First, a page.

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Until recently most of the world yearned for the US to become a more normal country. It had seen enough of George W Bush’s freedom agenda to put it off American exceptionalism for good. People should be careful what they wish for. Donald Trump may be the most gaffe-prone — and offensive — US presidential nominee in history. But he is also the first to scorn the belief that America’s mission should be to uphold universal values. It is not clear he even thinks such values exist. Hillary Clinton, on the other hand, is their unabashed cheerleader. “I believe with all my heart that America is an exceptional country,” she said in June. “We are still, in Lincoln’s words, the last best hope of earth.”
Long-suffering US realists — those who argue that America should merely pursue its national interests — must wonder what they did to deserve such a champion. Mr Trump vows to avoid foreign entanglements, such as pre-emptive wars in Iraq. That is what realists want to hear. Ditto for Mr Trump’s view that America’s allies should pay for more of their defence, or that China is entitled to occupy atolls in a sea named after it. Why should America always play the referee? But Mr Trump inevitably spoils things by adding his own gloss — promising a nuclear attack on Isis, for example, or claiming that President Barack Obama founded the terrorist group. The key to successful realism is tactical guile and deep knowledge of the world. Mr Trump epitomises the opposite. With friends like Mr Trump, realists need no enemies.
There is also the likelihood that he will lose to Mrs Clinton in November. Mr Trump’s defeat would probably come in spite of his foreign policy instincts, rather than because of them. For years, the US public has said it is tired of military adventures, thinks Nato allies should shoulder more of the burden and that America’s global role should be more modest. Nation-building is no longer an election winner, if it ever was one. Mr Trump’s “America first” slogan might have unfortunate antecedents (it was picked up by Fascist sympathisers in the early 1940s), but many Americans are happy with its current meaning. If he loses it will be because of his manifestly unpresidential temperament and a tendency to insult almost every group in America.
Unfortunately for realists, their ship may go down with him, which means the USS Exceptionalist would set sail again under Mrs Clinton next January. Where was it during the Obama years? Mr Obama’s foreign policy has been neither exceptionalist nor realist but a hybrid of the two. A few weeks after he took office, I asked whether he subscribed to the school of US exceptionalism. Mr Obama replied that he was a US exceptionalist in much the same way that “Brits subscribe to British exceptionalism, and Greeks subscribe to Greek exceptionalism”. His creed, in other words, was avowedly subjective. Given how harshly Mr Obama’s critics have questioned his patriotism, his answer today may be less ambivalent. It is hard to imagine Mrs Clinton saying that. A true exceptionalist leaves no room for doubt. They believe the US stands taller and sees further than other nations, as Madeleine Albright, the former secretary of state, once said.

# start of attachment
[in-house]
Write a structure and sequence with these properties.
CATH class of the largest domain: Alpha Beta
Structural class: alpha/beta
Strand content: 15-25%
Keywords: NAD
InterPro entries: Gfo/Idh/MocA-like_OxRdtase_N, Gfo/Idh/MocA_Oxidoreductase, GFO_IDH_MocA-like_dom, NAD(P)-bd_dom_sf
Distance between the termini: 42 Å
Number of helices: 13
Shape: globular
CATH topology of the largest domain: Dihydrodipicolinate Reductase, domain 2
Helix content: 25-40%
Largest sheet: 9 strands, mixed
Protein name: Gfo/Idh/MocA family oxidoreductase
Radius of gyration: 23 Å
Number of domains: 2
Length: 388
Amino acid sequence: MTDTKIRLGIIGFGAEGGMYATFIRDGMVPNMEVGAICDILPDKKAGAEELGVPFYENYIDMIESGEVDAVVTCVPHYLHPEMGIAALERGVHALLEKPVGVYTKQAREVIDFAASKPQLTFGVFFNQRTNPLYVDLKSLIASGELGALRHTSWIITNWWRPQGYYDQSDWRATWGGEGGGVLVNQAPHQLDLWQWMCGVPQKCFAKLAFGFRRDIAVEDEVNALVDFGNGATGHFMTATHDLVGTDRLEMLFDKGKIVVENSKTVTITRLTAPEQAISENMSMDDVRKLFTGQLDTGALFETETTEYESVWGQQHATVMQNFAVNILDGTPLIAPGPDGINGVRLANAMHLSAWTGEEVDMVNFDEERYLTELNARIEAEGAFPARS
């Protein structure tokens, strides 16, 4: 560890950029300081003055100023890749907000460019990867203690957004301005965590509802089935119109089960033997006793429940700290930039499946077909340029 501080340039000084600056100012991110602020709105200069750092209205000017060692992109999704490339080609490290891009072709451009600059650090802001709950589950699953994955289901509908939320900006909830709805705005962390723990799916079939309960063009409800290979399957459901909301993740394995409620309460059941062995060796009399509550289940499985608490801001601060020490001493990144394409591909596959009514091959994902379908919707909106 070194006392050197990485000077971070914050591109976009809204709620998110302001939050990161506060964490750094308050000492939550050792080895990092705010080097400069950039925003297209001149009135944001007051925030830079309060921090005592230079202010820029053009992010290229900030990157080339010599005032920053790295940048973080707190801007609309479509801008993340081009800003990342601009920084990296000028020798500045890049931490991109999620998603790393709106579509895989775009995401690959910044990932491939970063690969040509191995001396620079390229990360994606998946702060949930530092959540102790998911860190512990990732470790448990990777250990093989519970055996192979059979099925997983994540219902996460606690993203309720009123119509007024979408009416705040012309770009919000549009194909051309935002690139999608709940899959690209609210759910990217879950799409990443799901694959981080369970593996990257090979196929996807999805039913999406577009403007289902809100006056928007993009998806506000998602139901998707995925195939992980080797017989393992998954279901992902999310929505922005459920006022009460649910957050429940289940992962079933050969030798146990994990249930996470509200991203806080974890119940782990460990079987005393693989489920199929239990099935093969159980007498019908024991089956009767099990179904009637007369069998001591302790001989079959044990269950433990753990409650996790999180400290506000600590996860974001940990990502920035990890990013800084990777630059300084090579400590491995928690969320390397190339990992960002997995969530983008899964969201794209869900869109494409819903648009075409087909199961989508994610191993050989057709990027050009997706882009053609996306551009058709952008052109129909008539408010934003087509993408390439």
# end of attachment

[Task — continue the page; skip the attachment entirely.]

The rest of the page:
What would this mean for a Clinton administration? Unexpected events would dictate much of her presidency, as is always the case. Ronald Reagan’s struggle with the Soviet Union’s “evil empire” was rendered moot by the rise of Mikhail Gorbachev. Bush junior took office promising a humbler foreign policy. He pivoted quickly to hubris after the 9/11 attacks. Mr Obama promised to wind down the wars in Afghanistan and Iraq. He will leave office with thousands of US soldiers in each country. Bill Clinton, meanwhile, vowed to uphold human rights and confront the “butchers of Beijing”. To his lasting regret, he turned a blind eye to the 1994 genocide in Rwanda. This was largely because of what he learnt from another event — the “Black Hawk down” debacle in Somalia. He also brought China into the World Trade Organisation. In each case, however, the president’s philosophy shaped how they responded to events.
Many assume that Mrs Clinton would simply pick up the baton from Mr Obama, since she was his first secretary of state. But serving a president is very different from being one. On each military question that arose in Mr Obama’s first term, Mrs Clinton took the hawkish view. Sometimes she was on the winning side, such as on intervention in Libya. At others, such as on whether to arm Syrian rebels, her advice was overruled. In spite of her early involvement in the Iran nuclear talks, it is doubtful if she would have signed Mr Obama’s deal.
Her campaign rhetoric is also strikingly different from Mr Obama’s. In 2008 he pledged to revive America’s moral authority in a world reeling from Mr Bush’s wars of choice. She vows to engage with a dangerous world with all the tools at her disposal. It is a different sensibility.
Mr Obama once summed up his approach to foreign policy as “don’t do stupid shit”. In a rare critical moment, Mrs Clinton said Mr Obama’s maxim did not amount to an organising principle. She was right, of course. But in these hazardous times, the instinct to first do no harm may be worth more than we can appreciate.
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